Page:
This is the first of a series of articles I intend to post here at
Flightsim.com. I will be talking about some things that I have learned about
CFS. Most of the things I will be talking about are just basic. I figured
that if I didn't know then someone else might not know as well. I will be
talking about the "Aircraft" file structure and what you can do to have some
control and understanding of those files.
Here are a few preliminary tips to get started.
1. You must know how to use Explorer, or whatever it is that you use to move
about your system.
2. You must know how to rename files and folders
3. You must know how to drag and drop, or move files around your system.
4. You must know where your Aircraft, Gauges, Sound, and Missions folders are.
5. You need to know how and why you need to backup whatever it is that you will
be working on. If you don't know why, you will soon learn.
6. Install your Combat Flight Simulator at C:\CFS. If you let CFS put it where
it wants, then you have a bunch of clicking to do every time you want to work
on your aircraft files. About 30 minutes of that and you will get the message.
So, if it is not at C:\CFS (or something else that is short and sweet and
directly under" C:\"), remove it and reinstall. If you do remove it, delete
everything that is left. You should have a backup of anything that doesn't come
with CFS. Then empty your recycle bin and run Defrag just so you can say you
started off with a clean system.
7. If you have IntelliMouse, set the wheel button option to open up Explorer
when it is depressed. This is really great. One click of the wheel button, and
explorer comes up and "CFS" is staring you right in the face.
First of all I want to talk about Aircraft folder names. You know! These are
the names of each of the aircraft under the Aircraft folder. CFS comes with 27
folders under the Aircraft folder. These are the names of the Aircraft in those
folders. Only 9 fly from the start. The best thing I can say about these
folders is LEAVE THEM ALONE. At least for now. There are plenty of airplanes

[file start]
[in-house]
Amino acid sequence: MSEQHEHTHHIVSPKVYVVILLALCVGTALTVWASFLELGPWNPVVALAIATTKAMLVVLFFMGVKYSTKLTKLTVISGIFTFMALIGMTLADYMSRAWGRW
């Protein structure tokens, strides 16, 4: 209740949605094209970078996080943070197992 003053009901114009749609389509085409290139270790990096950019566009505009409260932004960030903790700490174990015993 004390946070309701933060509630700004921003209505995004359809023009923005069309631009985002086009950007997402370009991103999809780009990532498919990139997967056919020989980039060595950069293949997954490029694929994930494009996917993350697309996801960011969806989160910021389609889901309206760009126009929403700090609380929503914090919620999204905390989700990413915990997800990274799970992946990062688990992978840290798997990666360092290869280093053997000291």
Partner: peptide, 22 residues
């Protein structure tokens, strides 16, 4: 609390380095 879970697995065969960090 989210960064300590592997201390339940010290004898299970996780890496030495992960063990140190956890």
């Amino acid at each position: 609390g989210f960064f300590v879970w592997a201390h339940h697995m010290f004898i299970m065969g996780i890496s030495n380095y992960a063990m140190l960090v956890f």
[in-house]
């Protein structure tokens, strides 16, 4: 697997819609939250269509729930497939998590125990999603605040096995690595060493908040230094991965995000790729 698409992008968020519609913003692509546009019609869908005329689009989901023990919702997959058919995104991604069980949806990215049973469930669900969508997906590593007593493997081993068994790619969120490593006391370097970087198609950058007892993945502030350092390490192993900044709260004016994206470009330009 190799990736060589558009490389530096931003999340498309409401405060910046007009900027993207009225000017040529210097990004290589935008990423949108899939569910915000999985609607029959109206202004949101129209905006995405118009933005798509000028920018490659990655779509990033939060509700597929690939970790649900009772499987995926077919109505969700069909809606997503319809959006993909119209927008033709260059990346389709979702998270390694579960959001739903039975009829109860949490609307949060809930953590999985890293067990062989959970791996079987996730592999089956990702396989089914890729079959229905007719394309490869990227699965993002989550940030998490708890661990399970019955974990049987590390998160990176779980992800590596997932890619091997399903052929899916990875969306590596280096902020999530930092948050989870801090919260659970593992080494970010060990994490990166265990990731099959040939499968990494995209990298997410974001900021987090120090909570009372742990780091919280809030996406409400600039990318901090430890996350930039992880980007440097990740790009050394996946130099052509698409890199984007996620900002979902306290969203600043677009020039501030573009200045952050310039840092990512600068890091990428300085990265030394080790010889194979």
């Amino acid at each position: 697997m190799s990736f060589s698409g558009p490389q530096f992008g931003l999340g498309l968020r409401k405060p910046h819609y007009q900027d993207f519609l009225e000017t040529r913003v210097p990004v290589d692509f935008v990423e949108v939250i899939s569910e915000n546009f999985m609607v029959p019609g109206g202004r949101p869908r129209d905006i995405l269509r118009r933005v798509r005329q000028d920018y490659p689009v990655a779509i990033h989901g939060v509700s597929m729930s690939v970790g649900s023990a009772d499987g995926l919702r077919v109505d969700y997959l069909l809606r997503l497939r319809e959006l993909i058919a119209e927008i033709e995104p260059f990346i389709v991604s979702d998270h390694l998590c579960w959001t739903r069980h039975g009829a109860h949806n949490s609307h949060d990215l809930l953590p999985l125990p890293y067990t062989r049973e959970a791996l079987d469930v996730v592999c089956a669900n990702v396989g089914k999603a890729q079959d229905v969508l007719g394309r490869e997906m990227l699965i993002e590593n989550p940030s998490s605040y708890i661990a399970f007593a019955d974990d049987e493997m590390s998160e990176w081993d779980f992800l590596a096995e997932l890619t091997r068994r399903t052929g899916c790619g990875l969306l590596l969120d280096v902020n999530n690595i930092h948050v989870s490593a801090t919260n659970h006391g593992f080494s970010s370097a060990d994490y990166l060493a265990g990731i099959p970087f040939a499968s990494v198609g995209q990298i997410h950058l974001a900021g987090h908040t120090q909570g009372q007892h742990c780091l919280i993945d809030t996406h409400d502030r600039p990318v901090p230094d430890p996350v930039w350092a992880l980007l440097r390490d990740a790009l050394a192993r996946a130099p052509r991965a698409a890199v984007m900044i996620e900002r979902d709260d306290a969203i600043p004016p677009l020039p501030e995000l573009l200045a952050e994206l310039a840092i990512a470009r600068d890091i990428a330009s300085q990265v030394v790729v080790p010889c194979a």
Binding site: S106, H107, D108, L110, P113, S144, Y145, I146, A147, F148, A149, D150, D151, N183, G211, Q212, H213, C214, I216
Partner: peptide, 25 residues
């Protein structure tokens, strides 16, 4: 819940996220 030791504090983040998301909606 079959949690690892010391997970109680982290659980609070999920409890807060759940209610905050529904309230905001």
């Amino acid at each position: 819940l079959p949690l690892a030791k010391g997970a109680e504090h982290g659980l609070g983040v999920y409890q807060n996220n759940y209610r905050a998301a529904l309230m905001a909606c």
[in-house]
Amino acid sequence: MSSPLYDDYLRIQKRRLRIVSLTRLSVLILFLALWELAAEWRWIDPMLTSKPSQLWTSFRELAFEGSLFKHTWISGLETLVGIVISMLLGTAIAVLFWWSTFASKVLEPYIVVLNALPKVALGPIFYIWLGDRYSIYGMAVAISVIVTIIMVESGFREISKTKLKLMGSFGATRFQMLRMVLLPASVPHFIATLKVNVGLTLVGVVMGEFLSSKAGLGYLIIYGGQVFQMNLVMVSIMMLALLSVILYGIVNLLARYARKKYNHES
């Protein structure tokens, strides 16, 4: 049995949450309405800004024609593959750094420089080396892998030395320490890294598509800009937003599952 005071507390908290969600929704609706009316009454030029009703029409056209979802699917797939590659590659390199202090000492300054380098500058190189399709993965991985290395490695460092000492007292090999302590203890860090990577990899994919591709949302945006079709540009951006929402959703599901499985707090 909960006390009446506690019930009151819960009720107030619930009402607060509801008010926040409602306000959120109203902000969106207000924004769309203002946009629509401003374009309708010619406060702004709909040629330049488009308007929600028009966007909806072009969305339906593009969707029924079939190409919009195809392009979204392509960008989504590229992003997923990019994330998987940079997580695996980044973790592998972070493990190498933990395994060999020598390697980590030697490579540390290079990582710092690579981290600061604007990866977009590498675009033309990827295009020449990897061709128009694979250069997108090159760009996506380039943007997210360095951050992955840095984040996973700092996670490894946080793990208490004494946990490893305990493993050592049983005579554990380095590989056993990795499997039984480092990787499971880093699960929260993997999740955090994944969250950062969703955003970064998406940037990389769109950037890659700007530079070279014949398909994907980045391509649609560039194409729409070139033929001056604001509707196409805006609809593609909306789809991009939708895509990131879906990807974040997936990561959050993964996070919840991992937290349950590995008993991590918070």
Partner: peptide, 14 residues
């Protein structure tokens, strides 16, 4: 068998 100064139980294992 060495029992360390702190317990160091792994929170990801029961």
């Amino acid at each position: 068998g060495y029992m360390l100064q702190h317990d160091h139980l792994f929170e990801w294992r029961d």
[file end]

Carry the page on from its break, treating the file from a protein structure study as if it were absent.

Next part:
here and else where to download and these are the ones I want to talk about.
I like to unzip planes in a test directory and work on them there until I am
ready to drag and drop them off under the C:\CFS\Aircraft directory (Directory
and Folder mean the same to me)
Assuming you have downloaded and unzipped an airplane you will want to move it
to your aircraft folder, but first, let's talk about a naming scheme. I like
to keep my planes in a "class" format. Sort of like the way they name ships. I
have a P51 class, a P47 class, a P40 class, a Bf109 class, a Fw190 class, a
Hurricane class, a F4U class, a P38 class, etc, etc. If you look at the default
P51d folder, and then my first downloaded P51 would be P51d1, the second would
be P51d2 and so on. Look at the default Bf109e and Bf109g. My downloaded 109's
are Bf109a, Bf109c, and ECT. You get the picture. I think this is important
because it keeps most of your planes (I have 130) in a neat order and you can
find them better. You can label them correctly in the aircraft.cfg file later.
Once you have a good name plan for your folders then you will be better able to
spot them. They come with really strange names and if you don't rename them,
you are gonna get lost. The only thing you have to worry about is a mission
that comes with a plane that is used for that mission. Then you are sort of
stuck with the name that comes with the plane.
So, you now have a good file structure and have several downloaded planes.
Everything looks good. But there is trouble lurking just beneath the surface.
Your planes should fly ok, but you have work to do.
So, be looking for my next post concerning the Visual window and texture file
problems and how to deal with that .maxwood